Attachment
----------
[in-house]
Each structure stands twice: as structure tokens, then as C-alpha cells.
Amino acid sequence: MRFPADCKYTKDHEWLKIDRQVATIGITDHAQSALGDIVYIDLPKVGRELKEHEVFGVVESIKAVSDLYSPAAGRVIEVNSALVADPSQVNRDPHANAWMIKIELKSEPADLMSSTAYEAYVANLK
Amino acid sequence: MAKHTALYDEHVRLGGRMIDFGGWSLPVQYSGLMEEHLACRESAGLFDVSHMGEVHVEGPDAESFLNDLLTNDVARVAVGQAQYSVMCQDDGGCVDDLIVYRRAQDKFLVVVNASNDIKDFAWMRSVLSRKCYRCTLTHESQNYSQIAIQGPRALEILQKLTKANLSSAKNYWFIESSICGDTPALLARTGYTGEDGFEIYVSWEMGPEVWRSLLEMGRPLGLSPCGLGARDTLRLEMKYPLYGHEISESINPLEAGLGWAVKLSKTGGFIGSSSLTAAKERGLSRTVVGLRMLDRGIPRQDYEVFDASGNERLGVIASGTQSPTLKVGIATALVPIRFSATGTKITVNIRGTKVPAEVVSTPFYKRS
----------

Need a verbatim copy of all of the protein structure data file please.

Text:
[in-house]
Each structure stands twice: as structure tokens, then as C-alpha cells.
Amino acid sequence: MRFPADCKYTKDHEWLKIDRQVATIGITDHAQSALGDIVYIDLPKVGRELKEHEVFGVVESIKAVSDLYSPAAGRVIEVNSALVADPSQVNRDPHANAWMIKIELKSEPADLMSSTAYEAYVANLK
Amino acid sequence: MAKHTALYDEHVRLGGRMIDFGGWSLPVQYSGLMEEHLACRESAGLFDVSHMGEVHVEGPDAESFLNDLLTNDVARVAVGQAQYSVMCQDDGGCVDDLIVYRRAQDKFLVVVNASNDIKDFAWMRSVLSRKCYRCTLTHESQNYSQIAIQGPRALEILQKLTKANLSSAKNYWFIESSICGDTPALLARTGYTGEDGFEIYVSWEMGPEVWRSLLEMGRPLGLSPCGLGARDTLRLEMKYPLYGHEISESINPLEAGLGWAVKLSKTGGFIGSSSLTAAKERGLSRTVVGLRMLDRGIPRQDYEVFDASGNERLGVIASGTQSPTLKVGIATALVPIRFSATGTKITVNIRGTKVPAEVVSTPFYKRS